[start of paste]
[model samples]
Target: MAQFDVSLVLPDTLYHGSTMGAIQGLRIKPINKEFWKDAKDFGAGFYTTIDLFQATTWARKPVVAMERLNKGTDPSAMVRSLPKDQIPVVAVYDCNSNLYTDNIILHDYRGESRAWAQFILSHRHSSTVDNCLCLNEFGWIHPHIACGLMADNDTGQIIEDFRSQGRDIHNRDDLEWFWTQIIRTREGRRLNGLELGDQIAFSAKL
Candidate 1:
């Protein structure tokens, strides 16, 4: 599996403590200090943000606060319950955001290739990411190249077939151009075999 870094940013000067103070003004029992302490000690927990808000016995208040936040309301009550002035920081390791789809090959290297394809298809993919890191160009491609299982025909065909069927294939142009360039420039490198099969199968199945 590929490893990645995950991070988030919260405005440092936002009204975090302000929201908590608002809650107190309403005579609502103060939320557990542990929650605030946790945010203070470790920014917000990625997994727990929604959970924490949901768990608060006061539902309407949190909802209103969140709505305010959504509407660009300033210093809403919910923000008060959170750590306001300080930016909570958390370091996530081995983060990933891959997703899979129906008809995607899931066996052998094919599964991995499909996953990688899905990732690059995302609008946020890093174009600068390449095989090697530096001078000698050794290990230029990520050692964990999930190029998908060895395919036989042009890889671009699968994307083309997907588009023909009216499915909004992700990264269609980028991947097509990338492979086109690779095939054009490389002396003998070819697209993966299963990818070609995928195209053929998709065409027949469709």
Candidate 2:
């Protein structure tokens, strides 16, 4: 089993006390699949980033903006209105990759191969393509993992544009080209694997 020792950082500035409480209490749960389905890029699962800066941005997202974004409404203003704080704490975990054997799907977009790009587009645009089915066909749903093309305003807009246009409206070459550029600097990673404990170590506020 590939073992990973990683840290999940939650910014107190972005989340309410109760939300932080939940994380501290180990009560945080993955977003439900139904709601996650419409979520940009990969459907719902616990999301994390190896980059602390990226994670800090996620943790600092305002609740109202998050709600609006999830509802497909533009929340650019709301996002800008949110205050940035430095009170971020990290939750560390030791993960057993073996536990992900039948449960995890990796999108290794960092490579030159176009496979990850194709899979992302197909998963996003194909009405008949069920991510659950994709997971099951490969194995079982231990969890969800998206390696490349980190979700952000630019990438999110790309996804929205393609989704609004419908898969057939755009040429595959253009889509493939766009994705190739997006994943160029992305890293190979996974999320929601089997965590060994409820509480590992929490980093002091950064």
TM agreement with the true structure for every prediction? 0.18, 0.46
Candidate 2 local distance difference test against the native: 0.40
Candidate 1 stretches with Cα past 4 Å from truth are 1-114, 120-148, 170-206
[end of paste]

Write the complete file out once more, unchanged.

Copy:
[model samples]
Target: MAQFDVSLVLPDTLYHGSTMGAIQGLRIKPINKEFWKDAKDFGAGFYTTIDLFQATTWARKPVVAMERLNKGTDPSAMVRSLPKDQIPVVAVYDCNSNLYTDNIILHDYRGESRAWAQFILSHRHSSTVDNCLCLNEFGWIHPHIACGLMADNDTGQIIEDFRSQGRDIHNRDDLEWFWTQIIRTREGRRLNGLELGDQIAFSAKL
Candidate 1:
């Protein structure tokens, strides 16, 4: 599996403590200090943000606060319950955001290739990411190249077939151009075999 870094940013000067103070003004029992302490000690927990808000016995208040936040309301009550002035920081390791789809090959290297394809298809993919890191160009491609299982025909065909069927294939142009360039420039490198099969199968199945 590929490893990645995950991070988030919260405005440092936002009204975090302000929201908590608002809650107190309403005579609502103060939320557990542990929650605030946790945010203070470790920014917000990625997994727990929604959970924490949901768990608060006061539902309407949190909802209103969140709505305010959504509407660009300033210093809403919910923000008060959170750590306001300080930016909570958390370091996530081995983060990933891959997703899979129906008809995607899931066996052998094919599964991995499909996953990688899905990732690059995302609008946020890093174009600068390449095989090697530096001078000698050794290990230029990520050692964990999930190029998908060895395919036989042009890889671009699968994307083309997907588009023909009216499915909004992700990264269609980028991947097509990338492979086109690779095939054009490389002396003998070819697209993966299963990818070609995928195209053929998709065409027949469709």
Candidate 2:
């Protein structure tokens, strides 16, 4: 089993006390699949980033903006209105990759191969393509993992544009080209694997 020792950082500035409480209490749960389905890029699962800066941005997202974004409404203003704080704490975990054997799907977009790009587009645009089915066909749903093309305003807009246009409206070459550029600097990673404990170590506020 590939073992990973990683840290999940939650910014107190972005989340309410109760939300932080939940994380501290180990009560945080993955977003439900139904709601996650419409979520940009990969459907719902616990999301994390190896980059602390990226994670800090996620943790600092305002609740109202998050709600609006999830509802497909533009929340650019709301996002800008949110205050940035430095009170971020990290939750560390030791993960057993073996536990992900039948449960995890990796999108290794960092490579030159176009496979990850194709899979992302197909998963996003194909009405008949069920991510659950994709997971099951490969194995079982231990969890969800998206390696490349980190979700952000630019990438999110790309996804929205393609989704609004419908898969057939755009040429595959253009889509493939766009994705190739997006994943160029992305890293190979996974999320929601089997965590060994409820509480590992929490980093002091950064």
TM agreement with the true structure for every prediction? 0.18, 0.46
Candidate 2 local distance difference test against the native: 0.40
Candidate 1 stretches with Cα past 4 Å from truth are 1-114, 120-148, 170-206